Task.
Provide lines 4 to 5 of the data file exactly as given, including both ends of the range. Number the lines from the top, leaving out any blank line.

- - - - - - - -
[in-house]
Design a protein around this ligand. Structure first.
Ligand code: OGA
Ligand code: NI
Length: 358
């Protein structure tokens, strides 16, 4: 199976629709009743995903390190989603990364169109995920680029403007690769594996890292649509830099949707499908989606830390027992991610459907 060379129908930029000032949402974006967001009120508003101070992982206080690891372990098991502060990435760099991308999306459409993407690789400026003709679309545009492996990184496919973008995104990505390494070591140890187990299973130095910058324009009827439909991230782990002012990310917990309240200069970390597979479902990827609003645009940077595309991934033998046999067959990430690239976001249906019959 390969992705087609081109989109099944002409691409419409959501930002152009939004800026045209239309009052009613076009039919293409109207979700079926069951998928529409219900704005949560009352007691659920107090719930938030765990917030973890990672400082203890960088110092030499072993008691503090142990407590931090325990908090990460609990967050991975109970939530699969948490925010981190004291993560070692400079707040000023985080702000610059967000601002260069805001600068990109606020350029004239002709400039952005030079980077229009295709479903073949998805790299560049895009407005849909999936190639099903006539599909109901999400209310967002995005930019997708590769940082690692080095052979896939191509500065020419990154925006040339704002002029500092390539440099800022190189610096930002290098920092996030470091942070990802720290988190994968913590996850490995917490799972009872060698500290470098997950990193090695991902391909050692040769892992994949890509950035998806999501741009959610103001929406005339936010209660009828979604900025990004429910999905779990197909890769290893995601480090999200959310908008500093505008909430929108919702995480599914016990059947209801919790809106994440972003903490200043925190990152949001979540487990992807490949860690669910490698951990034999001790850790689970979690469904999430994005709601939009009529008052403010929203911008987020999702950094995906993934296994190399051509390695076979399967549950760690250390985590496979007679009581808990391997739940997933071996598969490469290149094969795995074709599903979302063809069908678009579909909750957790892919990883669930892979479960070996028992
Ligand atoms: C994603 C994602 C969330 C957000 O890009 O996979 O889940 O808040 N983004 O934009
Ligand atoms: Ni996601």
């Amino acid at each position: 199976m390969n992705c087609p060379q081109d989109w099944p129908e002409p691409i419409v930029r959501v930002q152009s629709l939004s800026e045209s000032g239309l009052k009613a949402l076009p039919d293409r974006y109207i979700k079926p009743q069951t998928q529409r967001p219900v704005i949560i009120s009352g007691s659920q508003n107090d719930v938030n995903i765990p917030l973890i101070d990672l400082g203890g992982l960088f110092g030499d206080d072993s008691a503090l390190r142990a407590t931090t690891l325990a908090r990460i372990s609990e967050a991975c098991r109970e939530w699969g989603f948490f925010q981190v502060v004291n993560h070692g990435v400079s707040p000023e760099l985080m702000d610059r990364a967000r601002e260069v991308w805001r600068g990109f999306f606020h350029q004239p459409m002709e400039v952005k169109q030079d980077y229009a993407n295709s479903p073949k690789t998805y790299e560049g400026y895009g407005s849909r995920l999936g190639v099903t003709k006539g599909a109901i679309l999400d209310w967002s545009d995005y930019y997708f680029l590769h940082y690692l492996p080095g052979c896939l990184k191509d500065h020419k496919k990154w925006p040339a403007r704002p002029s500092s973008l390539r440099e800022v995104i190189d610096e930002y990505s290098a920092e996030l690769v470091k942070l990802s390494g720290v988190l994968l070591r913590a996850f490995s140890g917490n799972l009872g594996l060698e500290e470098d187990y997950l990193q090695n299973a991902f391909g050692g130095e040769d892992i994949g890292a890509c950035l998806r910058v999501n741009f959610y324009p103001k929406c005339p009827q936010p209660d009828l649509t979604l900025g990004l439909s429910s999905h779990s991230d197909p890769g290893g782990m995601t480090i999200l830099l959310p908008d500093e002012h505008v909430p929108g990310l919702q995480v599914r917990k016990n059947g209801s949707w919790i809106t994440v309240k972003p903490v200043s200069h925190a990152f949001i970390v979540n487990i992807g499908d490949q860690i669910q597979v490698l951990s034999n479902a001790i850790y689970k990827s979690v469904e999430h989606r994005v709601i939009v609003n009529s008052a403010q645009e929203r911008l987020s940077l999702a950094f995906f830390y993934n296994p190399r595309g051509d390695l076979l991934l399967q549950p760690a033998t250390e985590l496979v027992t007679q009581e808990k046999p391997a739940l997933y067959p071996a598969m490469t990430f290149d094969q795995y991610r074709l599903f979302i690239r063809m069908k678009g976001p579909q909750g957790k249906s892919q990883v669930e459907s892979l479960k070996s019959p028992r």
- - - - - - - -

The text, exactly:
Ligand code: NI
Length: 358